It sounds good, but really, at this stage in life, sinning amounts to little more than eating way too much good food and dropping a few bucks into the slot machines. But there is nothing quite like a trip to Vegas to get a taste of all the excesses available to anyone who has the time and money. The most excessive part of this short little whirlwind trip for us was popping for tickets to Elton John’s concert at Caesar’s Palace, The Million Dollar Piano.
For years the music of Elton John was part of the background of my life. I enjoyed it, but never paid much attention. As years went by, however, I would hear something amazingly melodic and rich and sure enough, it was Elton John. I also heard that he put on a concert rivaled by few that was worth seeing. I think the first time I tried to get tickets was back in the early 90’s, in the days when phones would do automatic redial trying to get through that busy signal. By the time I got through, the tickets were sold out. That story was repeated a few times, more recently when he was playing in Portland and other venues in the northwest. Always long gone by the time I got through.
Now, however, he is playing in Vegas. Maybe that is a sign of the times, when all the old stars finally make there way to the Vegas stages. Motley Crue and Chicago are even there right now. The nice thing about this, though, is that there are enough shows scheduled that getting tickets is not an impossible dream. Hence the four day trip to Las Vegas. Allegiant Airlines flies out of Medford, direct, for a very reasonable price. The airline tickets were cheaper than the concert tickets at least. Cut rate airlines are an experience of themselves. Buying online, we discovered that if we wanted an assigned seat, it was an extra 8.95 for each leg of the flight, if we wanted water in flight, it was 2 bucks a bottle. If we wanted to check in prior to boarding, we had to pop for the assigned seat. Mo and I were reeling from the concert tickets and decided to skip the seat assignments. No big deal, right? It was only an hour and a half flight anyway.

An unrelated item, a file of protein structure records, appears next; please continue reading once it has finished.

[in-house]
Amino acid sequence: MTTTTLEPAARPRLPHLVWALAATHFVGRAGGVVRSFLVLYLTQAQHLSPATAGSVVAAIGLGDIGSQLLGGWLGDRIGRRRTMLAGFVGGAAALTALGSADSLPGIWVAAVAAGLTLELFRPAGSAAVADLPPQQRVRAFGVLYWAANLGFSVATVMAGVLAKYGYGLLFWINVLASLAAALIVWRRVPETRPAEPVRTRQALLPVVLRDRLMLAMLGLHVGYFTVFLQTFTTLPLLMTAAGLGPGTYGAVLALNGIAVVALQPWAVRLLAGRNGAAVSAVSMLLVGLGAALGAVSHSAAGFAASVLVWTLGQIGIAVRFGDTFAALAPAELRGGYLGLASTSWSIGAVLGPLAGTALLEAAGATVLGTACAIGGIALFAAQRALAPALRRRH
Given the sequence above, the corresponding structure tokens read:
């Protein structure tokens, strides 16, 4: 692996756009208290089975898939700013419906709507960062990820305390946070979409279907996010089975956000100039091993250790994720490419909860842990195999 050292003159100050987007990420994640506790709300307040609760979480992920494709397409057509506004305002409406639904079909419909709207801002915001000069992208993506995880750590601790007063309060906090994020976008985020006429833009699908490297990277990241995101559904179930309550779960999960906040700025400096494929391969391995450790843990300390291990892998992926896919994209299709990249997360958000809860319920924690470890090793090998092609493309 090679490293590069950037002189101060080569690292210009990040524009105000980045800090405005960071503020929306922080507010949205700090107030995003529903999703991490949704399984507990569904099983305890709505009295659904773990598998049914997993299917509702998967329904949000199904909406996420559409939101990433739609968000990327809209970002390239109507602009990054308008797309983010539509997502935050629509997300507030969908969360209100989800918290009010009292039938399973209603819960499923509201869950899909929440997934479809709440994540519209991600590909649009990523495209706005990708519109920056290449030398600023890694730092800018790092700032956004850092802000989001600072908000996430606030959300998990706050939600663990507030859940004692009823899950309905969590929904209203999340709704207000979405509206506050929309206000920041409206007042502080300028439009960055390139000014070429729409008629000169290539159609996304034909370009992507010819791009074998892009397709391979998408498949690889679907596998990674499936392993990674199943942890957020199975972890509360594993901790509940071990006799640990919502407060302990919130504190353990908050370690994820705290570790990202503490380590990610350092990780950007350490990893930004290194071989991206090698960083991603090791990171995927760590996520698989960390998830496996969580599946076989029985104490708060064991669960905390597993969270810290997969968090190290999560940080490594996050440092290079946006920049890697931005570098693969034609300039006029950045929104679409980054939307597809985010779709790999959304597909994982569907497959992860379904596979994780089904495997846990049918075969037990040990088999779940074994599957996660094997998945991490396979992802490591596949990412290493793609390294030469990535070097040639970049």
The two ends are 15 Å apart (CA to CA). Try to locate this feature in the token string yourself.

The reality was funny, though, like the old days with Southwest airlines cattle calls, we had to get to the airport early enough to hopefully get a low number for the lineup. Once on the plane, we could take whatever seats were left by the time we got there. We checked no baggage and brought peanuts for sustenance.
Arriving in Vegas after ten pm, we caught the rental car shuttle to the state of the art new rental car facility about 7 miles south of McCarren field. I was impressed. The whole car rental experience was simple and straightforward, at least until we attempted to open the windows of our tiny compact car, a neon yellow Fiat 500. It also took Mo a few miles to discover that the reason the engine kept winding up was because shifting was required. No clutch, just shift by hitting the joy stick on the console. Sirius radio and heated seats added to the delight of a tiny car that somehow felt pretty darn roomy inside and had lots of zip on the road.
Mo and I haven’t been to Vegas since 2004 when we flew down and spent a day in town before driving for a week or so around Death Valley. We decided it might be fun to stay downtown near Fremont street and the Main Street Station turned out to be a great choice. On the first night we had a room on the 14th floor facing north, right over the freeway and the railroad tracks. No earl plugs? ahh. I had no idea I would need them inside a big hotel. Somehow we ended up on a smoking floor as well, but a phone call to the desk was worthwhile since the next morning we were moved down to the non smoking, much quieter 4th floor for the rest of our stay.